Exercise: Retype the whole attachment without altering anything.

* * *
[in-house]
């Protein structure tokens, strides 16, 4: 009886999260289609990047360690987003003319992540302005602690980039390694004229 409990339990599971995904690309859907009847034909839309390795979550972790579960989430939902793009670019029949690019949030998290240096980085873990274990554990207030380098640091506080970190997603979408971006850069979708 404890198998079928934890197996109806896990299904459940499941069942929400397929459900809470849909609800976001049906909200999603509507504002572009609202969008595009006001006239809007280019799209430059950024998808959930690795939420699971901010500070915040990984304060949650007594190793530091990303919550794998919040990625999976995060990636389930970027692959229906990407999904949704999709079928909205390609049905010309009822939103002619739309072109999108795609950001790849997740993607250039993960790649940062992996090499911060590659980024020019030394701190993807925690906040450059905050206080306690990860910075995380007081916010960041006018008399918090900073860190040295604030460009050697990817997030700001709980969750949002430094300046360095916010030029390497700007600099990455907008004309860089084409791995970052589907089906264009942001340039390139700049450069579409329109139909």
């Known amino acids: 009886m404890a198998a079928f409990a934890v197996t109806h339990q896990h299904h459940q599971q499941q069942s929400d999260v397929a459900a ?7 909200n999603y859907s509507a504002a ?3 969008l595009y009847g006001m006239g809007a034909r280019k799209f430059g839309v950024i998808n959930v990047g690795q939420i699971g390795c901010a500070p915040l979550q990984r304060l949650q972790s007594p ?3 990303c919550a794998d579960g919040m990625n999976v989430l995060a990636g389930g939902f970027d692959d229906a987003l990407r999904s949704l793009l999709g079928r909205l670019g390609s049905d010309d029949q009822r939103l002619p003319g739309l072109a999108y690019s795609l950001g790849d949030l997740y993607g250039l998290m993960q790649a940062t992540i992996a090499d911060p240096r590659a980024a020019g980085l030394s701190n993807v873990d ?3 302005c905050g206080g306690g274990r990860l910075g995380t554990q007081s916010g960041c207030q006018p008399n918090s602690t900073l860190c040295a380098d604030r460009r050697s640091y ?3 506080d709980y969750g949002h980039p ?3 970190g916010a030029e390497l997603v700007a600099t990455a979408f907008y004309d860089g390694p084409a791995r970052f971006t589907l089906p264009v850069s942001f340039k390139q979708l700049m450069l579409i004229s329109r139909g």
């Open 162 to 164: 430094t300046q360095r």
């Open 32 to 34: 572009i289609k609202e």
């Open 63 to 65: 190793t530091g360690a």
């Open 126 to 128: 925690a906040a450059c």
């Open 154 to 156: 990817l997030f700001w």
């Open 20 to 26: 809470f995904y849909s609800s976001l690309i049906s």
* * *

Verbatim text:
[in-house]
């Protein structure tokens, strides 16, 4: 009886999260289609990047360690987003003319992540302005602690980039390694004229 409990339990599971995904690309859907009847034909839309390795979550972790579960989430939902793009670019029949690019949030998290240096980085873990274990554990207030380098640091506080970190997603979408971006850069979708 404890198998079928934890197996109806896990299904459940499941069942929400397929459900809470849909609800976001049906909200999603509507504002572009609202969008595009006001006239809007280019799209430059950024998808959930690795939420699971901010500070915040990984304060949650007594190793530091990303919550794998919040990625999976995060990636389930970027692959229906990407999904949704999709079928909205390609049905010309009822939103002619739309072109999108795609950001790849997740993607250039993960790649940062992996090499911060590659980024020019030394701190993807925690906040450059905050206080306690990860910075995380007081916010960041006018008399918090900073860190040295604030460009050697990817997030700001709980969750949002430094300046360095916010030029390497700007600099990455907008004309860089084409791995970052589907089906264009942001340039390139700049450069579409329109139909």
């Known amino acids: 009886m404890a198998a079928f409990a934890v197996t109806h339990q896990h299904h459940q599971q499941q069942s929400d999260v397929a459900a ?7 909200n999603y859907s509507a504002a ?3 969008l595009y009847g006001m006239g809007a034909r280019k799209f430059g839309v950024i998808n959930v990047g690795q939420i699971g390795c901010a500070p915040l979550q990984r304060l949650q972790s007594p ?3 990303c919550a794998d579960g919040m990625n999976v989430l995060a990636g389930g939902f970027d692959d229906a987003l990407r999904s949704l793009l999709g079928r909205l670019g390609s049905d010309d029949q009822r939103l002619p003319g739309l072109a999108y690019s795609l950001g790849d949030l997740y993607g250039l998290m993960q790649a940062t992540i992996a090499d911060p240096r590659a980024a020019g980085l030394s701190n993807v873990d ?3 302005c905050g206080g306690g274990r990860l910075g995380t554990q007081s916010g960041c207030q006018p008399n918090s602690t900073l860190c040295a380098d604030r460009r050697s640091y ?3 506080d709980y969750g949002h980039p ?3 970190g916010a030029e390497l997603v700007a600099t990455a979408f907008y004309d860089g390694p084409a791995r970052f971006t589907l089906p264009v850069s942001f340039k390139q979708l700049m450069l579409i004229s329109r139909g």
């Open 162 to 164: 430094t300046q360095r």
């Open 32 to 34: 572009i289609k609202e």
């Open 63 to 65: 190793t530091g360690a």
């Open 126 to 128: 925690a906040a450059c």
């Open 154 to 156: 990817l997030f700001w």
């Open 20 to 26: 809470f995904y849909s609800s976001l690309i049906s």